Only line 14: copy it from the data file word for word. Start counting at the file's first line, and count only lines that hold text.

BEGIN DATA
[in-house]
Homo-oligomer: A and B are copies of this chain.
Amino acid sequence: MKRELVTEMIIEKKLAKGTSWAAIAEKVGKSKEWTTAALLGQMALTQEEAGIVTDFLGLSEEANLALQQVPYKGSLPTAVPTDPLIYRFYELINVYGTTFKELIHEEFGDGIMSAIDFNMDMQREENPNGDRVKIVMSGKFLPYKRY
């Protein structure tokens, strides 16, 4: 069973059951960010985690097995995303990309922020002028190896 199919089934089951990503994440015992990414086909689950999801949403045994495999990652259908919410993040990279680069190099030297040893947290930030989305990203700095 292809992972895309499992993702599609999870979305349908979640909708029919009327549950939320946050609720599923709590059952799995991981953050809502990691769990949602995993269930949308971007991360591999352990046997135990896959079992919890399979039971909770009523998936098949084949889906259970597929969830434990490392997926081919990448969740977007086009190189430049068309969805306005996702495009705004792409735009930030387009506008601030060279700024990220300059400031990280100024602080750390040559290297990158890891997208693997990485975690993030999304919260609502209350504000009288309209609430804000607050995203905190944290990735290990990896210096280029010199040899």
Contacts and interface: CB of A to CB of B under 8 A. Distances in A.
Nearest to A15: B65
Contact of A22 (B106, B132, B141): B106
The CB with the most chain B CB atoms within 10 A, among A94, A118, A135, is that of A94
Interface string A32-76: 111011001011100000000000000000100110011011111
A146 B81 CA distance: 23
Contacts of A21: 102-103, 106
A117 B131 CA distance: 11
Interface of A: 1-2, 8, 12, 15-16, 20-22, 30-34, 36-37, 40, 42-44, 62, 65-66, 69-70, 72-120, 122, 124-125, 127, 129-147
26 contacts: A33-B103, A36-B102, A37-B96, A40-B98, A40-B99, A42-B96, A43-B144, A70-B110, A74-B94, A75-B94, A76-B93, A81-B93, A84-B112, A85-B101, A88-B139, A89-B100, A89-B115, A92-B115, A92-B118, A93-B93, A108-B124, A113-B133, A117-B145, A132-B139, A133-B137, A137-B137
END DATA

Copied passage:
26 contacts: A33-B103, A36-B102, A37-B96, A40-B98, A40-B99, A42-B96, A43-B144, A70-B110, A74-B94, A75-B94, A76-B93, A81-B93, A84-B112, A85-B101, A88-B139, A89-B100, A89-B115, A92-B115, A92-B118, A93-B93, A108-B124, A113-B133, A117-B145, A132-B139, A133-B137, A137-B137